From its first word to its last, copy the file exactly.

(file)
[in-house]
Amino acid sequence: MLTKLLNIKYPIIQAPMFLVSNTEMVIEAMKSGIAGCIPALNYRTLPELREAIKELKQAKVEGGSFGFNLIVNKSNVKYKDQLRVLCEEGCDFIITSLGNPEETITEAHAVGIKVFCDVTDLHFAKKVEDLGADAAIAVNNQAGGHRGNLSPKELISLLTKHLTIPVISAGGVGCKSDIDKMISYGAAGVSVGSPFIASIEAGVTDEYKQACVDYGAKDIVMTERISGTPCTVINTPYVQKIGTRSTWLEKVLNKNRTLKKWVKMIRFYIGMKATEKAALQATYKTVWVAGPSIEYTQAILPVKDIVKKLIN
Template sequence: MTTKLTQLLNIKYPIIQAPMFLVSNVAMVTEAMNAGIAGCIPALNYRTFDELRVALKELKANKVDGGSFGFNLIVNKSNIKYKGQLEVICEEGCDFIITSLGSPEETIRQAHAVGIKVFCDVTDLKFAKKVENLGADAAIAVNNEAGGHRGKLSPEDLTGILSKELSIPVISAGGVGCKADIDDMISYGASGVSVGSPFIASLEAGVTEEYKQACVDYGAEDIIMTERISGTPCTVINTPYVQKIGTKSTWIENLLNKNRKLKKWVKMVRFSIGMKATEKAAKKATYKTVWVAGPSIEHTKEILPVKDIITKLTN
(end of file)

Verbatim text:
[in-house]
Amino acid sequence: MLTKLLNIKYPIIQAPMFLVSNTEMVIEAMKSGIAGCIPALNYRTLPELREAIKELKQAKVEGGSFGFNLIVNKSNVKYKDQLRVLCEEGCDFIITSLGNPEETITEAHAVGIKVFCDVTDLHFAKKVEDLGADAAIAVNNQAGGHRGNLSPKELISLLTKHLTIPVISAGGVGCKSDIDKMISYGAAGVSVGSPFIASIEAGVTDEYKQACVDYGAKDIVMTERISGTPCTVINTPYVQKIGTRSTWLEKVLNKNRTLKKWVKMIRFYIGMKATEKAALQATYKTVWVAGPSIEYTQAILPVKDIVKKLIN
Template sequence: MTTKLTQLLNIKYPIIQAPMFLVSNVAMVTEAMNAGIAGCIPALNYRTFDELRVALKELKANKVDGGSFGFNLIVNKSNIKYKGQLEVICEEGCDFIITSLGSPEETIRQAHAVGIKVFCDVTDLKFAKKVENLGADAAIAVNNEAGGHRGKLSPEDLTGILSKELSIPVISAGGVGCKADIDDMISYGASGVSVGSPFIASLEAGVTEEYKQACVDYGAEDIIMTERISGTPCTVINTPYVQKIGTKSTWIENLLNKNRKLKKWVKMVRFSIGMKATEKAAKKATYKTVWVAGPSIEHTKEILPVKDIITKLTN